Advocates reported that nearly 24 makeshift shelters, which were serving as temporary accommodation for migrants in Mexico, located in close proximity to the U.S. border, were set ablaze this week, causing people to flee and resulting in the destruction of their possessions.
The incidents took place on Wednesday and Thursday at a campsite in the city of Matamoros, which is situated just outside Brownsville, Texas, and is home to approximately 2,000 individuals.
The majority of the migrants are from Venezuela, Haiti, and Mexico, and they have fled their countries due to poverty and violence, with the hopes of crossing into the U.S.
Margarita, a Mexican woman staying at the camp, said she saw some people from Venezuela screaming during Thursday’s fire. “They had their children with them and a few other things they had a chance to get,” she said.
It’s still unclear what caused the fire, but an advocate for migrants said the tents were doused with gasoline.
“The people fled as their tents were burned,” said Gladys Cañas, who runs the group Ayudandoles A Triunfar (Helping Them Succeed).
The organization extends assistance to migrants who are presently waiting across the U.S. border, residing in makeshift camps, enduring freezing temperatures and lacking adequate sustenance, all while hoping to apply for asylum.
“What they’re saying as part of their testimony is that they were told to leave from there,” Cañas said.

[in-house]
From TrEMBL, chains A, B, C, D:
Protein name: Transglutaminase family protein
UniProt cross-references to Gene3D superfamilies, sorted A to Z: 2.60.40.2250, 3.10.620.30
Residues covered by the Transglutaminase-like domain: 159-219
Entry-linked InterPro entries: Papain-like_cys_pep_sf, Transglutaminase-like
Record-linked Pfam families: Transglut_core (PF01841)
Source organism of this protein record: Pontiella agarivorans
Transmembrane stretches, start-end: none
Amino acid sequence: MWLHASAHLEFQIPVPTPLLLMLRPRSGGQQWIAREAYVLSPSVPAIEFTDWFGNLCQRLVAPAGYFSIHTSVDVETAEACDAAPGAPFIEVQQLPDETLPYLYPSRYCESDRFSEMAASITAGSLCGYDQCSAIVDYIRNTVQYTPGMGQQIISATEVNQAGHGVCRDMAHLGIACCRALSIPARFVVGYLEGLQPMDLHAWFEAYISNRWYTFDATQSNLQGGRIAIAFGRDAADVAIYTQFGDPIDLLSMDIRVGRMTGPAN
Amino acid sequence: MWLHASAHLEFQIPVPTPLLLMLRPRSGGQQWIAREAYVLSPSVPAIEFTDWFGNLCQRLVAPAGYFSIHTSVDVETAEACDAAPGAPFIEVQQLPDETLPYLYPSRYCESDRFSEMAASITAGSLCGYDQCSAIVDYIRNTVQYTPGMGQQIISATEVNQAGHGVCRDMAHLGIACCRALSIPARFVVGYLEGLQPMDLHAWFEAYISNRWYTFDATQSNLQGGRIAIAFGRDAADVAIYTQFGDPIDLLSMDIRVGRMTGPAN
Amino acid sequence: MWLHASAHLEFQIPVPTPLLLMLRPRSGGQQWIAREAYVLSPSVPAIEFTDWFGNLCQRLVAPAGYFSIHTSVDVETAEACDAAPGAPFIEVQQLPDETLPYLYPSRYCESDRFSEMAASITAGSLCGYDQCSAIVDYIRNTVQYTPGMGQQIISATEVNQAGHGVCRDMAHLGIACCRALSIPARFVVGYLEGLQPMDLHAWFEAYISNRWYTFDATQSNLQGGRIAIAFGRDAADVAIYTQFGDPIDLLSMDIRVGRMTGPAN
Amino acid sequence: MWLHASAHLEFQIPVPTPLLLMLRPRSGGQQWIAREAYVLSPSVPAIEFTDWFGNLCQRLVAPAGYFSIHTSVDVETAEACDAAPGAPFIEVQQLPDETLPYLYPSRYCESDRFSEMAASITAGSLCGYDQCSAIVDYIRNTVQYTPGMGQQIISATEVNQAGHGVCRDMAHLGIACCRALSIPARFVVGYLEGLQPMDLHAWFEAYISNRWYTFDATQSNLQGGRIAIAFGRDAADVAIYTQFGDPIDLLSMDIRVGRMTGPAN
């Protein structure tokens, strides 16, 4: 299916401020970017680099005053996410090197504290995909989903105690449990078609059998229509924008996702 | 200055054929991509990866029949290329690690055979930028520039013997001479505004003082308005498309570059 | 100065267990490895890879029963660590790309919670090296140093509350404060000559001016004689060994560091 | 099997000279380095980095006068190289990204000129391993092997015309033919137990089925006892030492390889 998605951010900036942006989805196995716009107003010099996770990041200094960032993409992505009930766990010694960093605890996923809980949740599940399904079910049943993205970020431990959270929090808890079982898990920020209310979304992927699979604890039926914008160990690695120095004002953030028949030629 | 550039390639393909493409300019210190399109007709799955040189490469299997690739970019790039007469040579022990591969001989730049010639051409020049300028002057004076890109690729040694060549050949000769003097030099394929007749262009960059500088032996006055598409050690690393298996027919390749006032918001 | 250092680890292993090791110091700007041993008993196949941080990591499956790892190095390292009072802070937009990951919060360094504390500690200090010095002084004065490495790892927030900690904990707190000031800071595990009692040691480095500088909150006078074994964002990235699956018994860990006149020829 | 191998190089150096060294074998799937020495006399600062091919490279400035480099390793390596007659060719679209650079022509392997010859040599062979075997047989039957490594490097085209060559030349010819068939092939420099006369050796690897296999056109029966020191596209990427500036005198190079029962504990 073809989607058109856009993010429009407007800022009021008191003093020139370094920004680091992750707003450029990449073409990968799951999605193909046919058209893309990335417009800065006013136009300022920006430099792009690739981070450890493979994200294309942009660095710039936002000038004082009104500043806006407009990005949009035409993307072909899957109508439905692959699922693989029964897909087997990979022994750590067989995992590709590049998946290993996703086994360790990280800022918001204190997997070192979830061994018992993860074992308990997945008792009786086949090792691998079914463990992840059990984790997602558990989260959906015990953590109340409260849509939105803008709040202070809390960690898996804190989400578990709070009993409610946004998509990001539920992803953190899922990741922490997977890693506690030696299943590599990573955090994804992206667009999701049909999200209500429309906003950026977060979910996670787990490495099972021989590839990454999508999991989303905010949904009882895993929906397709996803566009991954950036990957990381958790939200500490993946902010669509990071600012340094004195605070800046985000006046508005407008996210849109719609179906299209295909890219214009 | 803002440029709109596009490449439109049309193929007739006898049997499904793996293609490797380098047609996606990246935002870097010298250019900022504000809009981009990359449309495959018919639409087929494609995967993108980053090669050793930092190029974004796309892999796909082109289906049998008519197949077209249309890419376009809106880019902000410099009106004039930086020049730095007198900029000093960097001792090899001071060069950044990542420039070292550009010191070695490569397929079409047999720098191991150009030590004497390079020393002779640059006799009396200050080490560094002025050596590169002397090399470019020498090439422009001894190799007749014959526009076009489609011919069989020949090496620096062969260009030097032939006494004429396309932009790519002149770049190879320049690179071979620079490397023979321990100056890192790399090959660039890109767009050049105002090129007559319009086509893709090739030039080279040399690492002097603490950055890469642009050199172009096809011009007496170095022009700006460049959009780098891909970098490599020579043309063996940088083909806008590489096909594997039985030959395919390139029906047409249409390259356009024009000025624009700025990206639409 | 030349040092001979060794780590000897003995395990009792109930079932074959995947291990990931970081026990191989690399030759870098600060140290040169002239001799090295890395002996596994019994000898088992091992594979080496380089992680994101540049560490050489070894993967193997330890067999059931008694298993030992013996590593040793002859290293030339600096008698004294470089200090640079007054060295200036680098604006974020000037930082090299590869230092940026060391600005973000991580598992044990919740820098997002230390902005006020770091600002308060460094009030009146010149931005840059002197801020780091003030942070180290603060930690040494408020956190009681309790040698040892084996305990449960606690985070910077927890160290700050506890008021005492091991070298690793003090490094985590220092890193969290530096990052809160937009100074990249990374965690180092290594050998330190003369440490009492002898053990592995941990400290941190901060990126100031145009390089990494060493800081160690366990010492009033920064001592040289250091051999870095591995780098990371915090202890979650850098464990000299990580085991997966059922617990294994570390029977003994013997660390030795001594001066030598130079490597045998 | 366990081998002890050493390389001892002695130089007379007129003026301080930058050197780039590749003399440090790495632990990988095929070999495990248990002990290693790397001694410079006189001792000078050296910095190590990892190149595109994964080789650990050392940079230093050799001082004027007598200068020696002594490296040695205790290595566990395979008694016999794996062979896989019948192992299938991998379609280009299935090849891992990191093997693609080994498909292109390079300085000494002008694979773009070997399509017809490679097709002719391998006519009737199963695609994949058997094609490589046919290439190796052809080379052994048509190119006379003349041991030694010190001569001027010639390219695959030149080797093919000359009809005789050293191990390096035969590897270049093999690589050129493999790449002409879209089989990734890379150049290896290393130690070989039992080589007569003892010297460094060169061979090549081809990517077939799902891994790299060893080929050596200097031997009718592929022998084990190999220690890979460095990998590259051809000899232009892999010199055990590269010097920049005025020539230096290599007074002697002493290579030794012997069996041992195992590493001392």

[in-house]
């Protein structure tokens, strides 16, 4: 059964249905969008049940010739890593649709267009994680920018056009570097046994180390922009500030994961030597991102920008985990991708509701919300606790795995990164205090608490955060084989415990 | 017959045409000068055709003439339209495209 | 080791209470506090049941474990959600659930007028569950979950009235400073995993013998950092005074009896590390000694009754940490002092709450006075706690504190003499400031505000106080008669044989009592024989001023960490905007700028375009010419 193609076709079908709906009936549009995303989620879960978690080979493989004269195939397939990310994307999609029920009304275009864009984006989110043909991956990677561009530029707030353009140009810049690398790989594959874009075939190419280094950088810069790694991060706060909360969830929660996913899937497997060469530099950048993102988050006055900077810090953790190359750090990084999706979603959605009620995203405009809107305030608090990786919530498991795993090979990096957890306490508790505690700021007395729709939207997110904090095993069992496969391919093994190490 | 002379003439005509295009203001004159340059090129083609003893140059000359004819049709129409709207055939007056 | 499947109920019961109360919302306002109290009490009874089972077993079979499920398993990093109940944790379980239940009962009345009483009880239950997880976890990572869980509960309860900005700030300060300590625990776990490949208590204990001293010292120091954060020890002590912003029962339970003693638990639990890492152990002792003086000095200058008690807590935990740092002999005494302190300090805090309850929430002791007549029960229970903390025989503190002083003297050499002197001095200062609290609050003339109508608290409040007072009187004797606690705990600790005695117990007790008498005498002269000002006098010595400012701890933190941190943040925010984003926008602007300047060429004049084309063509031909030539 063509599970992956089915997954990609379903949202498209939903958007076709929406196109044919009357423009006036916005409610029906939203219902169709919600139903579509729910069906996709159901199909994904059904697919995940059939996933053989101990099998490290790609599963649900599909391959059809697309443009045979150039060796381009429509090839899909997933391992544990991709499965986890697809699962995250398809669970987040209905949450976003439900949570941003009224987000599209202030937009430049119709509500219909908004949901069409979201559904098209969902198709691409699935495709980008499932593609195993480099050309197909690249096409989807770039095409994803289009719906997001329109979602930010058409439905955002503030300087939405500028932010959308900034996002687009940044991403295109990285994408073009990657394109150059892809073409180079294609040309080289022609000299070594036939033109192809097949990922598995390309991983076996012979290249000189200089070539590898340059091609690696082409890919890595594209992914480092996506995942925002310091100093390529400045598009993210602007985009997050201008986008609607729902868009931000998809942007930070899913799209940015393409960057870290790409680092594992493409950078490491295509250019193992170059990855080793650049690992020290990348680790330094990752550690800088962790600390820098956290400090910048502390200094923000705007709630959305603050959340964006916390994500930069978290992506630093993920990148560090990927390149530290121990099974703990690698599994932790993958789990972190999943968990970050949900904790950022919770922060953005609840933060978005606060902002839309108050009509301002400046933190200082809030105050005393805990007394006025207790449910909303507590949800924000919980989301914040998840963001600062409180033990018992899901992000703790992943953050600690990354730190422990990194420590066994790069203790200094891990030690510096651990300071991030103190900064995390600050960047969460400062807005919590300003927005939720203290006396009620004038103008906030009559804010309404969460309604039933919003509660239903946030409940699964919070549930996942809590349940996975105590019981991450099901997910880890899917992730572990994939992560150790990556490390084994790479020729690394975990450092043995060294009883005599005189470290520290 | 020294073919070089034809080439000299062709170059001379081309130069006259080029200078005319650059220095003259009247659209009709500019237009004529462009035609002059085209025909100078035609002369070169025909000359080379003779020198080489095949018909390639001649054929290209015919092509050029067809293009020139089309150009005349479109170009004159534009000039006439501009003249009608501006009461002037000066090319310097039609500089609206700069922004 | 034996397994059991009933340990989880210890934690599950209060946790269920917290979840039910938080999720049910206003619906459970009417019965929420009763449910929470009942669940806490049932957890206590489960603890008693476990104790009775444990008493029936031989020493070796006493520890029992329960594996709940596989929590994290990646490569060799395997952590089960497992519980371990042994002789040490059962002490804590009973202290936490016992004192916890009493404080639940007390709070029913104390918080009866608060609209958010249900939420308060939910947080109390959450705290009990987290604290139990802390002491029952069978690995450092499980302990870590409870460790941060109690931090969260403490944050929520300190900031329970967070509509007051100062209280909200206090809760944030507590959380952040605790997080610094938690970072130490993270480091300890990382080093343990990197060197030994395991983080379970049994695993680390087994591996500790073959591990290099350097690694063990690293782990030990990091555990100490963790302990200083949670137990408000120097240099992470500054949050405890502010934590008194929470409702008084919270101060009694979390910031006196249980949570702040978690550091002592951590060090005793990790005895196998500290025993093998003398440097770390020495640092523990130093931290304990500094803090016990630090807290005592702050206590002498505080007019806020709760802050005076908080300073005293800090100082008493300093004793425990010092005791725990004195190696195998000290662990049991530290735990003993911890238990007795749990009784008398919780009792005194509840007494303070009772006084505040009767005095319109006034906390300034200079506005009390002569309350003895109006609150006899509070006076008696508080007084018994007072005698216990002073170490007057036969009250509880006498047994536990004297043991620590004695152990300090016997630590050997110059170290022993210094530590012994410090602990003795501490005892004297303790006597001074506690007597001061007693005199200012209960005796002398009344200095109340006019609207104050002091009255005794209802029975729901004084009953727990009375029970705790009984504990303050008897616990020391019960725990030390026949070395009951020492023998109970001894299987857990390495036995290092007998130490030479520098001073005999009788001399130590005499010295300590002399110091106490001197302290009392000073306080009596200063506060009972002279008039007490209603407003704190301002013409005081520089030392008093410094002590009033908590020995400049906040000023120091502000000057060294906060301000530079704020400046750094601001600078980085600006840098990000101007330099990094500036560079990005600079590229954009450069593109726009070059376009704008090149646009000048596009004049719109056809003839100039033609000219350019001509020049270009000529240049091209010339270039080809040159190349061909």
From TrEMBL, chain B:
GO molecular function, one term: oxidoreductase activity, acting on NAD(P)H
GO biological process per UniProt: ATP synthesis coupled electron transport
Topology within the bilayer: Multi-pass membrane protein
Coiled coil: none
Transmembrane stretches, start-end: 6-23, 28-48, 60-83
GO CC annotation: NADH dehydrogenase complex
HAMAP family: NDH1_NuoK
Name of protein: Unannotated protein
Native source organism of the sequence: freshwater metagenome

Advocates have stated that around 25 tents were set on fire in a desolate section of the camp, although there have been no accounts of fatalities or grave injuries.
In the inferno, some migrants were left with nothing, losing even their meager possessions such as identification papers and garments.
Although the origins of the blazes remain unclear, Margarita noted that criminal gangs often intimidate migrants attempting to cross into the U.S. and extort money from them to traverse through their turf.
rephrase: A U.S. government official suggested the incidents might have been started by some migrants, frustrated by the long wait in Mexico. Title 42, a Trump-era policy that has allowed the federal government to turn away asylum seekers for the past three years — under the premise of increased COVID-19 precautions — is set to end on May 11.